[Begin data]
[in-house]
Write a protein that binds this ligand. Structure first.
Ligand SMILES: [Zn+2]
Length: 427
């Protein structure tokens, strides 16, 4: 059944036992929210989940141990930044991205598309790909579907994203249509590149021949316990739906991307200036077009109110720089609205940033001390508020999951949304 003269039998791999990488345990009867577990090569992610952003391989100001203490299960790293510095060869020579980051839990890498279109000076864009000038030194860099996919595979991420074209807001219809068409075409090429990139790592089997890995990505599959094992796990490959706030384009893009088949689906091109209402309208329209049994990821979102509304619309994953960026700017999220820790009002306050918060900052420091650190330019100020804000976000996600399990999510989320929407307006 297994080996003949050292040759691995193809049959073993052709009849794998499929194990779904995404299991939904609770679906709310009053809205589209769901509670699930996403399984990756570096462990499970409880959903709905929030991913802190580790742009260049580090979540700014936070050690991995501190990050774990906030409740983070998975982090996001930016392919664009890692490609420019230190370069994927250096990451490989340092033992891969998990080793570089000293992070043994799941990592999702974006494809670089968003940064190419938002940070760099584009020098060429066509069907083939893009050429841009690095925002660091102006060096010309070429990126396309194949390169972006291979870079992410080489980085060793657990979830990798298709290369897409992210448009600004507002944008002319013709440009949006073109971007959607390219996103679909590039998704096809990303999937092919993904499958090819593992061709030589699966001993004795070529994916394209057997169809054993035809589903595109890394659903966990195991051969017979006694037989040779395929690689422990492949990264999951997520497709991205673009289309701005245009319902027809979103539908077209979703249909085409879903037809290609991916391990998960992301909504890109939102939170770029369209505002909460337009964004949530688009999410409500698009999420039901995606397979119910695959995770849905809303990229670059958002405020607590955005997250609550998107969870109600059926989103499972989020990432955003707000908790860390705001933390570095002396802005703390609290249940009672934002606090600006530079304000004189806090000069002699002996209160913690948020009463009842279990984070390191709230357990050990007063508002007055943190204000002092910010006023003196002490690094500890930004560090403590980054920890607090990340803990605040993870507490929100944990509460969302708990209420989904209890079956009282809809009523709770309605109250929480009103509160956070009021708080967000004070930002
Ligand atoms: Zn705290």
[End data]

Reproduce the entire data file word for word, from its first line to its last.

[in-house]
Write a protein that binds this ligand. Structure first.
Ligand SMILES: [Zn+2]
Length: 427
């Protein structure tokens, strides 16, 4: 059944036992929210989940141990930044991205598309790909579907994203249509590149021949316990739906991307200036077009109110720089609205940033001390508020999951949304 003269039998791999990488345990009867577990090569992610952003391989100001203490299960790293510095060869020579980051839990890498279109000076864009000038030194860099996919595979991420074209807001219809068409075409090429990139790592089997890995990505599959094992796990490959706030384009893009088949689906091109209402309208329209049994990821979102509304619309994953960026700017999220820790009002306050918060900052420091650190330019100020804000976000996600399990999510989320929407307006 297994080996003949050292040759691995193809049959073993052709009849794998499929194990779904995404299991939904609770679906709310009053809205589209769901509670699930996403399984990756570096462990499970409880959903709905929030991913802190580790742009260049580090979540700014936070050690991995501190990050774990906030409740983070998975982090996001930016392919664009890692490609420019230190370069994927250096990451490989340092033992891969998990080793570089000293992070043994799941990592999702974006494809670089968003940064190419938002940070760099584009020098060429066509069907083939893009050429841009690095925002660091102006060096010309070429990126396309194949390169972006291979870079992410080489980085060793657990979830990798298709290369897409992210448009600004507002944008002319013709440009949006073109971007959607390219996103679909590039998704096809990303999937092919993904499958090819593992061709030589699966001993004795070529994916394209057997169809054993035809589903595109890394659903966990195991051969017979006694037989040779395929690689422990492949990264999951997520497709991205673009289309701005245009319902027809979103539908077209979703249909085409879903037809290609991916391990998960992301909504890109939102939170770029369209505002909460337009964004949530688009999410409500698009999420039901995606397979119910695959995770849905809303990229670059958002405020607590955005997250609550998107969870109600059926989103499972989020990432955003707000908790860390705001933390570095002396802005703390609290249940009672934002606090600006530079304000004189806090000069002699002996209160913690948020009463009842279990984070390191709230357990050990007063508002007055943190204000002092910010006023003196002490690094500890930004560090403590980054920890607090990340803990605040993870507490929100944990509460969302708990209420989904209890079956009282809809009523709770309605109250929480009103509160956070009021708080967000004070930002
Ligand atoms: Zn705290």